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School choice

The title of the August 20 Urban Journal declares neighborhood schools to be "popular" ("Neighborhood Schools: Popular but Impossible?"). The conditions that led to the Managed Choice system at RCSD were summed up quite well, but I would argue that the popularity of this idea rests among those who do not use our schools. If neighborhood schools were universally popular among parents, most of the children in our district would be walking to school today.

Acquiescing to parents' demand that they be offered something other than a failing school had its roots in the federal No Child Left Behind law. It was also a pragmatic response to the emergence of charter schools. Families will choose, and if RCSD doesn't offer choices they will look for options outside the district.

The mismatch between where children live and the capacity of the nearest school is called "structural displacement." This, more than any other factor, makes a complete return to neighborhood schools impractical if not impossible. But most elementary students of Rochester could be accommodated in schools within walking distance if that is what parents sought.

The key to shifting back to neighborhood-centric schools is creating demand among parents by striving to make every school a School of Choice – a school that parents want to send their children. How?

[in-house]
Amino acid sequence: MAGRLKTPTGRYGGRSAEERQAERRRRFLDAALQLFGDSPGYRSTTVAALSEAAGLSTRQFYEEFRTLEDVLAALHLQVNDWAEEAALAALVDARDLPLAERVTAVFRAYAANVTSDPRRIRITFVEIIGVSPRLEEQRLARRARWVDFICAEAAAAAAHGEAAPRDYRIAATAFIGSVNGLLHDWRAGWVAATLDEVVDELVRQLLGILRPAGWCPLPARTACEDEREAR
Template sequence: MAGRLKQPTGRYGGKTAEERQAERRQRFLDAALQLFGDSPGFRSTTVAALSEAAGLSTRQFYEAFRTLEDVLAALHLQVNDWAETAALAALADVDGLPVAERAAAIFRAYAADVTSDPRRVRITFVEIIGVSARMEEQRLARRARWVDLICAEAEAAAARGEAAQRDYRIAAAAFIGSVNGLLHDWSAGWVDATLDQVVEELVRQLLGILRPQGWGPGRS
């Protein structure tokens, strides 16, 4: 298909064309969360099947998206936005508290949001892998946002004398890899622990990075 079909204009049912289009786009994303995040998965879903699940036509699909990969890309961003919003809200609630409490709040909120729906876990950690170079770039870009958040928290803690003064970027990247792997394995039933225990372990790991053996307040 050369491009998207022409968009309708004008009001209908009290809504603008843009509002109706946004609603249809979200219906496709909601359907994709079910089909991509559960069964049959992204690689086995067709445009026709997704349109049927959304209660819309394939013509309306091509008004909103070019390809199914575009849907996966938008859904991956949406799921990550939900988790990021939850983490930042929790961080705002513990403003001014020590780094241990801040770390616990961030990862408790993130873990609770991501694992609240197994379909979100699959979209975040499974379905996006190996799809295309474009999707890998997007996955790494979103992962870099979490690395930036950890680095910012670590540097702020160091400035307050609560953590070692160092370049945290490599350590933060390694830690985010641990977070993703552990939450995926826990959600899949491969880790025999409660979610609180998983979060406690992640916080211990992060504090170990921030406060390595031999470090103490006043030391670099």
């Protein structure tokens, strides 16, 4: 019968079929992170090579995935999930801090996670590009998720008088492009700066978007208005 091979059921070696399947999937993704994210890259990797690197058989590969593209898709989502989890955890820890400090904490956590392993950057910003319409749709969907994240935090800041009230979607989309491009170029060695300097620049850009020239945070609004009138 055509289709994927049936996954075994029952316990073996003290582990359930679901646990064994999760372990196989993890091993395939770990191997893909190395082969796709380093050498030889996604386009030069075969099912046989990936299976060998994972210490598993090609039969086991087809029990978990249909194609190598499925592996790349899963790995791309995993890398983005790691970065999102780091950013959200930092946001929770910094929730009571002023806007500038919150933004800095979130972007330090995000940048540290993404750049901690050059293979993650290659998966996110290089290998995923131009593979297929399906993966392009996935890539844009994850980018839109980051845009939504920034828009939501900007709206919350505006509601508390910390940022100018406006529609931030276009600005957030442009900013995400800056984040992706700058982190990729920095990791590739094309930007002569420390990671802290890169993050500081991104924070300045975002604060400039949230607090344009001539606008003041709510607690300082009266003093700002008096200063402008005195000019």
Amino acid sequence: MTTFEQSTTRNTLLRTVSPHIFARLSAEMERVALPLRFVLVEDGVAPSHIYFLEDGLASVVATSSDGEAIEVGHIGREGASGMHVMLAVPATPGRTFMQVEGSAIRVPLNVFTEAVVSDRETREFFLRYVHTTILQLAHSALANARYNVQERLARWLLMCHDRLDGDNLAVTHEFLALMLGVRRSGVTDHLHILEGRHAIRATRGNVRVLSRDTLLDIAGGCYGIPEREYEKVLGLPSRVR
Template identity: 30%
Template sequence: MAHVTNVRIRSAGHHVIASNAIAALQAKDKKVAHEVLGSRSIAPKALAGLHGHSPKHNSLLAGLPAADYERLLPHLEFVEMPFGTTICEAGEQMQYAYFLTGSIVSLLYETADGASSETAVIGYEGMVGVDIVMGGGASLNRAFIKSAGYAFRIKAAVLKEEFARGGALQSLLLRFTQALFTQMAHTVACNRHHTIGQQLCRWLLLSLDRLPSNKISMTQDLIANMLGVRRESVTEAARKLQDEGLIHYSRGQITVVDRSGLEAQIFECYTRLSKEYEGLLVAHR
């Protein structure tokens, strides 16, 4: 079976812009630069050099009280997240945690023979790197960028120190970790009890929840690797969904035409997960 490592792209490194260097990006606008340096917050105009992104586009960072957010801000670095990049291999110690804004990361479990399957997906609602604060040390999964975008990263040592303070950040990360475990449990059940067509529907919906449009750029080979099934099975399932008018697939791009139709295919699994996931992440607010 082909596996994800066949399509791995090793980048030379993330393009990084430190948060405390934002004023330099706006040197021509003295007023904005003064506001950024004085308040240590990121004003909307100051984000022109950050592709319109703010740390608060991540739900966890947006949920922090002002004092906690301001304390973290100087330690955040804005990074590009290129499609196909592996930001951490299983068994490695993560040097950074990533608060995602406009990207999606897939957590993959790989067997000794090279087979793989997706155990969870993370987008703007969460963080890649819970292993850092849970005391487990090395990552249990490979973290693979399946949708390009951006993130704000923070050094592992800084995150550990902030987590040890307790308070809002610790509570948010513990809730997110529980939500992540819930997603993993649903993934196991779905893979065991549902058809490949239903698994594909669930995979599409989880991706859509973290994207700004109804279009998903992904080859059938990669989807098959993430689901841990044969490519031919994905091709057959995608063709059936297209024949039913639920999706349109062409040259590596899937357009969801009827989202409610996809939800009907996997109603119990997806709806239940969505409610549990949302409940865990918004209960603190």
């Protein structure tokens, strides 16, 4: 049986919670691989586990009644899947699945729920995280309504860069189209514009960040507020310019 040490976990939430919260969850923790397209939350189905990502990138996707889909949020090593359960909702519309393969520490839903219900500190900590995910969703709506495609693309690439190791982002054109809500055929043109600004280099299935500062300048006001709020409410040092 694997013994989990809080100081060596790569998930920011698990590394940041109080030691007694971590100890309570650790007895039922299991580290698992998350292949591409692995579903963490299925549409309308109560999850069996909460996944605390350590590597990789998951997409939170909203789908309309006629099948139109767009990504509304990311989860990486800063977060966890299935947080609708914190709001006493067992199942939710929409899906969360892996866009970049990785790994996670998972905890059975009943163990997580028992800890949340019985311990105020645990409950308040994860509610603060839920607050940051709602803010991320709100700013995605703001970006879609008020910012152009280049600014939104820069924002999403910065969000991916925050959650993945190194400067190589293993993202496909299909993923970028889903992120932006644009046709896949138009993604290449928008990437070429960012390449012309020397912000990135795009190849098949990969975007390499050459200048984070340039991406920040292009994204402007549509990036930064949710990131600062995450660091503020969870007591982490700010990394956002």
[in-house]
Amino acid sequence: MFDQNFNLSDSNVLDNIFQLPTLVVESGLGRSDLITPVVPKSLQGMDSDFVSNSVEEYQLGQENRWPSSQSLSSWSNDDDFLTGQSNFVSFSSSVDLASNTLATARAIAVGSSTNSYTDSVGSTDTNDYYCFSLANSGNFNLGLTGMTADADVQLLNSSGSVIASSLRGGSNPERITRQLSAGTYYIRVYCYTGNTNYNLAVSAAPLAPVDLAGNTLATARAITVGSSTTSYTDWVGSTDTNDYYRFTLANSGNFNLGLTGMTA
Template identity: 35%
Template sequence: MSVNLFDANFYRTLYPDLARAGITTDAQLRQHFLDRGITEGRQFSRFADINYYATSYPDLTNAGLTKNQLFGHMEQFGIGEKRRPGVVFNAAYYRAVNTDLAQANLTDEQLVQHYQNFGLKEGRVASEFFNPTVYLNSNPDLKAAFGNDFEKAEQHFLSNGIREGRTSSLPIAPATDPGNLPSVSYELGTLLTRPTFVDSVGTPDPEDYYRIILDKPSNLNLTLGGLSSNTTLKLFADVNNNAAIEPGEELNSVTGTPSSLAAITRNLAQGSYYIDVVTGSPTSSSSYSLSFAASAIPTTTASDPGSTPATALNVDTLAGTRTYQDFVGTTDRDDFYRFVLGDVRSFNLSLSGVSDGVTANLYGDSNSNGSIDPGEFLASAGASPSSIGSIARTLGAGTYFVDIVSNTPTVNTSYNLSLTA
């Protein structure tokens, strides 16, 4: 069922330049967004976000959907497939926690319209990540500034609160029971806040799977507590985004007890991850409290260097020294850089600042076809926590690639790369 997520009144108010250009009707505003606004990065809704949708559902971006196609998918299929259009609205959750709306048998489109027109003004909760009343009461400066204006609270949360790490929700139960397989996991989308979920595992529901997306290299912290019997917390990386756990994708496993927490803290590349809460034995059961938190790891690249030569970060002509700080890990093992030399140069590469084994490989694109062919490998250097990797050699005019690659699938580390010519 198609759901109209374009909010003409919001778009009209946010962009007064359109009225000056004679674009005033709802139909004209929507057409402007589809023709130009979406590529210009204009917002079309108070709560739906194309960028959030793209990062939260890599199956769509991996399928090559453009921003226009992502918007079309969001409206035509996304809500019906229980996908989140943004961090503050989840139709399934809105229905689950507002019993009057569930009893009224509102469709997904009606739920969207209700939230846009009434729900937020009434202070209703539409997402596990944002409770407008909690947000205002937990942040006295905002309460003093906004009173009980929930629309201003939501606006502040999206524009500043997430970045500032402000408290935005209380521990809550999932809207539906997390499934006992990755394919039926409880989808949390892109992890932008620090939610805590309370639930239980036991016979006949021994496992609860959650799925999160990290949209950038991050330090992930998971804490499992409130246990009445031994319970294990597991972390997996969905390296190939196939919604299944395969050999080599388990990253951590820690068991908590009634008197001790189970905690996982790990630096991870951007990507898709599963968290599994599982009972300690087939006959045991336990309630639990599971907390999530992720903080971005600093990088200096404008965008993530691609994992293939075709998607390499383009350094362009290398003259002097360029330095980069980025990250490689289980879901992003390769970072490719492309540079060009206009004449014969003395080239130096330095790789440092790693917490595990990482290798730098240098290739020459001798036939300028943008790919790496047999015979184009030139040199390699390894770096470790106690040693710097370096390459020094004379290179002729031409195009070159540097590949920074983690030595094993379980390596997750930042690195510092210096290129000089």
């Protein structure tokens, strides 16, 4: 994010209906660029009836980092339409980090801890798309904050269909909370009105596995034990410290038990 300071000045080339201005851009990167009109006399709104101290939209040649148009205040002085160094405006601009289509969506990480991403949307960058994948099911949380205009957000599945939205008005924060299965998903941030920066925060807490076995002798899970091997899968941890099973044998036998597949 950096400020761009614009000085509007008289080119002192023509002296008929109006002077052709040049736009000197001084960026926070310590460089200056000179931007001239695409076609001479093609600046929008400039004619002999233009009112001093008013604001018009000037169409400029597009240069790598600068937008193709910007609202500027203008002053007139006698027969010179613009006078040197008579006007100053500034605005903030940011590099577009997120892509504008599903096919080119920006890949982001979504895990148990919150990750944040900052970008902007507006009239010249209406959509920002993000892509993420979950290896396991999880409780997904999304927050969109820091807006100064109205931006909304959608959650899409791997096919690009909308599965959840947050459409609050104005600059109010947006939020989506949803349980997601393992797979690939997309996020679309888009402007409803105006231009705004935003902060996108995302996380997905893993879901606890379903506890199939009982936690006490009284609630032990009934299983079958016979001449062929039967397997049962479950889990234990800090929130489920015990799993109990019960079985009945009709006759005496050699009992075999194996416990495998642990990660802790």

1) Every school must become a high-achieving school. We must raise expectations for teaching, learning, and leadership within every school.

2) Every school must have the resources to meet children where they are, whether that be to combat the effects of poverty or meet a special-education Individual Evaluation Program. School leaders must embrace special-needs students, not strive to get them assigned to another building. By the same token, parents need to recognize that when there isn't enough money to go around, the needs of all must be met before the wants of the more privileged few.

Every principal needs to walk door to door and "sell" their school to neighborhood families. Most families bypass their neighborhood school because they don't feel welcome, and school staff need convince them otherwise. If the school is struggling, they should make the case to each family that they – the families – are the key to turning things around.

These have been key tenets of school choice in Rochester since 2002. Rather than trying to make the "impossible" case to reverse Managed Choice, perhaps we should hold everyone accountable to these three elements.


(Powell is a Rochester school board member.)

He's not racist

Many of your articles are well written and entertaining. That said, you are completely one sided and irresponsibly liberal in your remarks about our president. You don't have to like him; he can be harsh and very blunt with his opinions and policy, but to call him "racist" and "hateful" is ridiculous.

Racism has existed in this country for centuries, but it has been redefined by the left. True equality has become "racism," and anything that does not represent what liberals believe is "racist" or "sexist." Firing a person who is a minority for legitimate reasons, is not racist. Using force to subdue a suspect who isn't cooperating with police procedure is not racist. Saying illegal immigrants are not welcome in this country and securing the border is not racist or hateful. Saying Baltimore is a "dump" is not racist.